- Elected president of A&M (later A&T)
- Receives M.A. from Livingstone College
- Closes female department at A&T
- Organizes State Famers' Union and Cooperative Society
- With the federal government, offers A&T as military training site
- Appointed state commissioner for the national Memorial Association
- Dies in Greensboro, North Carolina on April 4; James Benson Dudley High School in Greensboro named in his honor
His concern for the quality of life for black people was constant. For example, Dudley believed that black faculty could serve the needs of black students at the racially segregated college and, therefore, instituted a gradual transition from white faculty to black. The school was founded to serve the agricultural and technical needs of blacks, hence the name A&T. But Dudley worked to strengthen the agricultural programs that were available; he stressed agricultural training rather than mechanical and industrial. He supported educator and Tuskegee Institute founder Booker T. Washington in his work to promote agriculture and public service. So devoted was Dudley to this concept that in 1901 he closed the female department of the college, claiming that women were poorly suited to agricultural pursuits. Moreover, their presence was a disservice to such programs, he reasoned, and hampered their development.
In order to secure annual appropriations for A&T, Dudley followed the tradition of inviting the college's alumni to meet with the state legislature in Raleigh each year, where they could bring political attention to the school's needs. He was a talented fundraiser himself and had winning ways with both black and white contributors. Thus, in time he was responsible for lifting the college from near bankruptcy its prestigious position in the state and in the South. He attended conventions and conferences to gather new ideas for the school, and he read widely. He even taught history and civics. His biography in Nathan C. Newbold's Five North Carolina Negro Educators indicates that he "became a master of detail."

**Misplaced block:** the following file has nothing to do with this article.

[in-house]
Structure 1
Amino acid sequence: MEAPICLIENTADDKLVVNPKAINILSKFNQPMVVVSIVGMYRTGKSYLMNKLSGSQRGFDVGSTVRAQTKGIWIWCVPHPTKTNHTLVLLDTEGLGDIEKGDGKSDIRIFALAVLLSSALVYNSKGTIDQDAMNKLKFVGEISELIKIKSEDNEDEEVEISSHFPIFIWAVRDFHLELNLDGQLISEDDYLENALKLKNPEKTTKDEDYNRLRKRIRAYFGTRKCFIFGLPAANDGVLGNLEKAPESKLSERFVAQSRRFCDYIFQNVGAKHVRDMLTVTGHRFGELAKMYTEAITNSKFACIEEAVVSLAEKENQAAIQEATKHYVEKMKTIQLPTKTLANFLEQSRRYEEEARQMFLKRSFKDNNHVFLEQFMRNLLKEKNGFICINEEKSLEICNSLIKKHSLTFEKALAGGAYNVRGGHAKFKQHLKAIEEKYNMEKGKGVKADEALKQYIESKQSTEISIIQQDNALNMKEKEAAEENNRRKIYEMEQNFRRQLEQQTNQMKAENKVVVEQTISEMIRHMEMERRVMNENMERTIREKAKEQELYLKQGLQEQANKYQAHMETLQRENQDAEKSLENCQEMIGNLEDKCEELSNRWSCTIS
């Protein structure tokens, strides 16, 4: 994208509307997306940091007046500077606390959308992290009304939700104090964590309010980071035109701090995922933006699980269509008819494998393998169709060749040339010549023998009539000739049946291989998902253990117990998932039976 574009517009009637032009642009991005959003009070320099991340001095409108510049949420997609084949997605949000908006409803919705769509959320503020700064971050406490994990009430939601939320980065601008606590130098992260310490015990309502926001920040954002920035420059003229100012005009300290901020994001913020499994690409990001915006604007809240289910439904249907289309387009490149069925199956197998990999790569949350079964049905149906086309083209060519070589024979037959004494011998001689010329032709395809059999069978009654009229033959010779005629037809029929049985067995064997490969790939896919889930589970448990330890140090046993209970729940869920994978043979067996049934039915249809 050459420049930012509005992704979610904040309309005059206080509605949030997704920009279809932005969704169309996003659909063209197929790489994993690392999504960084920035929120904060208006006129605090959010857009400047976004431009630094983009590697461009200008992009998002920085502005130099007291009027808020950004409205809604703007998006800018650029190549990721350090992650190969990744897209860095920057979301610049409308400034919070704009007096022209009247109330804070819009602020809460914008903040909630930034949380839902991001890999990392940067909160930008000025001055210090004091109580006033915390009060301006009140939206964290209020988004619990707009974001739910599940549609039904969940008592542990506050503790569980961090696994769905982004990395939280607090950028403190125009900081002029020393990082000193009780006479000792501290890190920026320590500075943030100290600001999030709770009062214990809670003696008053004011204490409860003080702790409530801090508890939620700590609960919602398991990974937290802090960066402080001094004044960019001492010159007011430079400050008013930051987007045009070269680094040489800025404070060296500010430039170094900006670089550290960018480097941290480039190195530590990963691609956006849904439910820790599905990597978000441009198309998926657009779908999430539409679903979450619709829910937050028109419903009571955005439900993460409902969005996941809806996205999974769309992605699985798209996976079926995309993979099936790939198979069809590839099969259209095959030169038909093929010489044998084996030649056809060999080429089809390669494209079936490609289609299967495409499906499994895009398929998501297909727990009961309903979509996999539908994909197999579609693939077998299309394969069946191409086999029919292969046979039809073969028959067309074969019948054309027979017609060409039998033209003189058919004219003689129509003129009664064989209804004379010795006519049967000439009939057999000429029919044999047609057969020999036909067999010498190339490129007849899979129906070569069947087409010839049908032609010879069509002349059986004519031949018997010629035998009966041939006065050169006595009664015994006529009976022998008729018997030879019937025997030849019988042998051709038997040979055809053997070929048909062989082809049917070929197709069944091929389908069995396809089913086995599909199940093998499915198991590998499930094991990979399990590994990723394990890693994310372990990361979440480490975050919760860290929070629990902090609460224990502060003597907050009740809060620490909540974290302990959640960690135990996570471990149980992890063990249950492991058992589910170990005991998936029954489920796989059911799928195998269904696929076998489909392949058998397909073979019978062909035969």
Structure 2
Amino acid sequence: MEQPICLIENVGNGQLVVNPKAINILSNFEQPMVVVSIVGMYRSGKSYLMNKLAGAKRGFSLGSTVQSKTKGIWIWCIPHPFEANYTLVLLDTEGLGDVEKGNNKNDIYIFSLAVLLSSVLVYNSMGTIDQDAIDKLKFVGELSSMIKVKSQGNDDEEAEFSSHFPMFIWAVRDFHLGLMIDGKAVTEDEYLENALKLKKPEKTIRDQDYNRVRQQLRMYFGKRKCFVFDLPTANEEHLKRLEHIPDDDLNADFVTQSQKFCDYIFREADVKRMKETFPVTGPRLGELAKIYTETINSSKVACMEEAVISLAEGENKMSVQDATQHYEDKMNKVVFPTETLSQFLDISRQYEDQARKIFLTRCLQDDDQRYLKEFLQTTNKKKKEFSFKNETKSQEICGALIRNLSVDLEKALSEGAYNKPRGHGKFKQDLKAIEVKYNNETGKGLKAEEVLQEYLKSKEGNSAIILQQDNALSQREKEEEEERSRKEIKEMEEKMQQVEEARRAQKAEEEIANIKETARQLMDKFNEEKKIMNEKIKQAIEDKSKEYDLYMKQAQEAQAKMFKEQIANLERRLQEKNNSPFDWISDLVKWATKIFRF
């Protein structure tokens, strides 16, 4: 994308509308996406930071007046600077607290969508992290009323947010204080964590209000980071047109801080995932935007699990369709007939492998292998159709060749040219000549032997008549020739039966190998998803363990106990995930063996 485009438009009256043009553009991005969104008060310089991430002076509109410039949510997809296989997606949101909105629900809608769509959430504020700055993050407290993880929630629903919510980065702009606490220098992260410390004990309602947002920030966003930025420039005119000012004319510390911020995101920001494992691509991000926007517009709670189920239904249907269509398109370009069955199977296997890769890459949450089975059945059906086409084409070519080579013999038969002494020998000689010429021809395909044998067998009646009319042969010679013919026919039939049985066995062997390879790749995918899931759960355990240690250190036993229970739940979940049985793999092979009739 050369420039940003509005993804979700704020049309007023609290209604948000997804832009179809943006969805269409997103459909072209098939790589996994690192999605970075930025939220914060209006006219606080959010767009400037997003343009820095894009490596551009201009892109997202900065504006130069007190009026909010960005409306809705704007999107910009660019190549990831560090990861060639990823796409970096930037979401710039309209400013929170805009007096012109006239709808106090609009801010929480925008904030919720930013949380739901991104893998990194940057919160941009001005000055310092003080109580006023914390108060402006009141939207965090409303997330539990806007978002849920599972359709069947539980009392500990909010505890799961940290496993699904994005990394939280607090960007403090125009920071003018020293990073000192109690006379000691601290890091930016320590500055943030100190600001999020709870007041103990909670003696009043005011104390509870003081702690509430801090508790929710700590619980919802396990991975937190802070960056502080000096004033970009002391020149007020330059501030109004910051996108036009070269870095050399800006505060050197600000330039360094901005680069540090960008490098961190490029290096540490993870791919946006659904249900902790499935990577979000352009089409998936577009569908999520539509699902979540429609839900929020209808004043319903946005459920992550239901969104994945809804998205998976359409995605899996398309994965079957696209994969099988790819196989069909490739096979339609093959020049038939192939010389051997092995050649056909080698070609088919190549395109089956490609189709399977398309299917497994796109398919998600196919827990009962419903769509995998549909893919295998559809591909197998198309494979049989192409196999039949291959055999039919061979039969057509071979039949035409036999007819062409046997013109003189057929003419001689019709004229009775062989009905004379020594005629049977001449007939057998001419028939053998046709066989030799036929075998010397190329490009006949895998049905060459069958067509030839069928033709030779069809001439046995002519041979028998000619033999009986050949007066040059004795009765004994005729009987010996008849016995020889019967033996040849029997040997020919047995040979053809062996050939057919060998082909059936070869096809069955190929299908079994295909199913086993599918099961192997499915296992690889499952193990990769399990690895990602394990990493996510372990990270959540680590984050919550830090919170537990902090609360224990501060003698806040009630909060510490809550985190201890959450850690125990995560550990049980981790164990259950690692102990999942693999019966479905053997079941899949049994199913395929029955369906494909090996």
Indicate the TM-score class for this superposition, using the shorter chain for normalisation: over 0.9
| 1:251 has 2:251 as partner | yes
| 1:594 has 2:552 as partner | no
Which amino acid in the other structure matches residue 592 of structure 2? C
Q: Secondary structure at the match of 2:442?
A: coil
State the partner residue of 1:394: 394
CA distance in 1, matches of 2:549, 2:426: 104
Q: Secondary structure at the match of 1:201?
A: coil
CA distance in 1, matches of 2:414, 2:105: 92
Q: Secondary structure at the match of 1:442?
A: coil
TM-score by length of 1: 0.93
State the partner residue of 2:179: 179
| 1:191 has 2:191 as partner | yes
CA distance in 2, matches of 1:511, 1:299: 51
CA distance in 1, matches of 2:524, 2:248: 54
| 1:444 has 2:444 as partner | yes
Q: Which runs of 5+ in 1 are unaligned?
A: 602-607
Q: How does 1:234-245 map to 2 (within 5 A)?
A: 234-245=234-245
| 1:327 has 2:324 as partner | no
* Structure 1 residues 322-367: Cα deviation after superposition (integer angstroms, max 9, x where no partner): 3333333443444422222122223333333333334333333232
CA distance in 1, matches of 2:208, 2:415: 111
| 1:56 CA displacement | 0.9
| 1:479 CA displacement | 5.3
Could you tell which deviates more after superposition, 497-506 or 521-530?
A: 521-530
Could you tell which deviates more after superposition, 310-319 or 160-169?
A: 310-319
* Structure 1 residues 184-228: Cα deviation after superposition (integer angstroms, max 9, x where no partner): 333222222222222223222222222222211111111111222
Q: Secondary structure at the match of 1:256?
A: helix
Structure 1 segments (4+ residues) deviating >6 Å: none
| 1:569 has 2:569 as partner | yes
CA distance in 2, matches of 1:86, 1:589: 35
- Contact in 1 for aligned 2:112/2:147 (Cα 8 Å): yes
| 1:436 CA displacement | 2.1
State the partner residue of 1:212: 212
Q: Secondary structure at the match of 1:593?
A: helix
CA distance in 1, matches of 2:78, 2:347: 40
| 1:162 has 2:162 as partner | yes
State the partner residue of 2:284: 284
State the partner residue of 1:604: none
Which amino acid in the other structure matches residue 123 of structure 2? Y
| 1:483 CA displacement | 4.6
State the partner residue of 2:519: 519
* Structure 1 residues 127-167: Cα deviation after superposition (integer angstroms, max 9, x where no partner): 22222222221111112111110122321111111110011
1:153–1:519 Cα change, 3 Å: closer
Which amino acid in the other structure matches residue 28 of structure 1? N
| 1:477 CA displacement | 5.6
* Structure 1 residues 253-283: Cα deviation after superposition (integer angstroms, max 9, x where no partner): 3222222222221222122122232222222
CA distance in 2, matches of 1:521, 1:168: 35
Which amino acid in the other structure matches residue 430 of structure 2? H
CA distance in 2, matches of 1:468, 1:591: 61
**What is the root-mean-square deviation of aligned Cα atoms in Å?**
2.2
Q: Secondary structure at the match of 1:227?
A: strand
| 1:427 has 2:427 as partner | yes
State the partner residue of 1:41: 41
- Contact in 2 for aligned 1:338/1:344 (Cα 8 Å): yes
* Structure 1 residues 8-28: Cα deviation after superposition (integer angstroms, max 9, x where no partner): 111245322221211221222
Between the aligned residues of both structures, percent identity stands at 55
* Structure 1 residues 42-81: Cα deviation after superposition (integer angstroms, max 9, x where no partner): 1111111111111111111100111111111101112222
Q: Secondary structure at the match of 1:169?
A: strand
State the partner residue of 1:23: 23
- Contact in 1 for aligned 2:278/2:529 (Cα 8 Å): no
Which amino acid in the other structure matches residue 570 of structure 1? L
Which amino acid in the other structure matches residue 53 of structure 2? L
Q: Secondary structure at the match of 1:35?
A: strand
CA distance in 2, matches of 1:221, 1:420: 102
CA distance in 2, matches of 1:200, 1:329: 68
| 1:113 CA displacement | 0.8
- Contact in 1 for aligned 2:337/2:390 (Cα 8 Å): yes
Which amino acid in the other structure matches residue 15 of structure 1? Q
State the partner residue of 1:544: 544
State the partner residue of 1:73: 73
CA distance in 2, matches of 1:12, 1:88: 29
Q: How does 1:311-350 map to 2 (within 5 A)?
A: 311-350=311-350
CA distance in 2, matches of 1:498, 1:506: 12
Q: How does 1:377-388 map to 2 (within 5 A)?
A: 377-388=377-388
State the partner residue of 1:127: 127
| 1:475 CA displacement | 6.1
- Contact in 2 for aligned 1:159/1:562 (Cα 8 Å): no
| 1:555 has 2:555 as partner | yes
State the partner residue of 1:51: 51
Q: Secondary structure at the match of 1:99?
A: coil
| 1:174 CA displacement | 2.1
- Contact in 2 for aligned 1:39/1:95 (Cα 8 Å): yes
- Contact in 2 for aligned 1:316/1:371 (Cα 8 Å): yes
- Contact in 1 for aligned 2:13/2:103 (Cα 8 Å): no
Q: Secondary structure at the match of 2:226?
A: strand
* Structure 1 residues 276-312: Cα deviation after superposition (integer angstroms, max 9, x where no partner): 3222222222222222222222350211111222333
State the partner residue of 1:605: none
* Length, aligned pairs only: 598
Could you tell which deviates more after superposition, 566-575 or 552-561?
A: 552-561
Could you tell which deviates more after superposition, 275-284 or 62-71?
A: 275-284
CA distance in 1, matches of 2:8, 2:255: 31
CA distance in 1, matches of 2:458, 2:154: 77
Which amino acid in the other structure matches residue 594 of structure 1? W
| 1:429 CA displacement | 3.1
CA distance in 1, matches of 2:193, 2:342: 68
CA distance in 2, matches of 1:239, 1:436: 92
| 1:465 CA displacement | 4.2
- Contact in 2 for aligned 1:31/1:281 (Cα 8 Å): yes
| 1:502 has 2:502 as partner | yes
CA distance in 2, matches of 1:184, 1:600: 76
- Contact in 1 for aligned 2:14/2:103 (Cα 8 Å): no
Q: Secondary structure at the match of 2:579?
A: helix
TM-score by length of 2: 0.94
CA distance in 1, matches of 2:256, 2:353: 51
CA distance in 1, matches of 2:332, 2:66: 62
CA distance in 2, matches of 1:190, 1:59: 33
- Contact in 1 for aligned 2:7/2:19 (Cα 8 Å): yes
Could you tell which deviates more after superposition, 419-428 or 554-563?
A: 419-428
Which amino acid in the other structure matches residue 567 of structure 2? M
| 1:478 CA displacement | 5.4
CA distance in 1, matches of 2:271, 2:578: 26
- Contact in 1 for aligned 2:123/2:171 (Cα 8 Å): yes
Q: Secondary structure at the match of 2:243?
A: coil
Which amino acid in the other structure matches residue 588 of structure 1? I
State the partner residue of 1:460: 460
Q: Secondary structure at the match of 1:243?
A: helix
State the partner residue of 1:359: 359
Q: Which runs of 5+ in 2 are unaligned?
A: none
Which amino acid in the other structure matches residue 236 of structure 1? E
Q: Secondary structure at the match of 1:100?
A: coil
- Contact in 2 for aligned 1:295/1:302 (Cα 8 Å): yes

His concern for black farms and farming led his joining J. H. Bluford, head of the college's agricultural department, in order to organize in 1912 the State Farmers' Union and Cooperative Society. Local unions were set up in each county in North Carolina. The union was headquartered at A&T, and aimed to discourage the credit and mortgage system that had been detrimental to the success of black farmers. According to Newbold, the organization also helped black farmers buy and sell products, "control methods of production and the distribution of farm products," as well as to "secure uniform prices." The organization succeeded in raising the standards of living among black farmers in the state.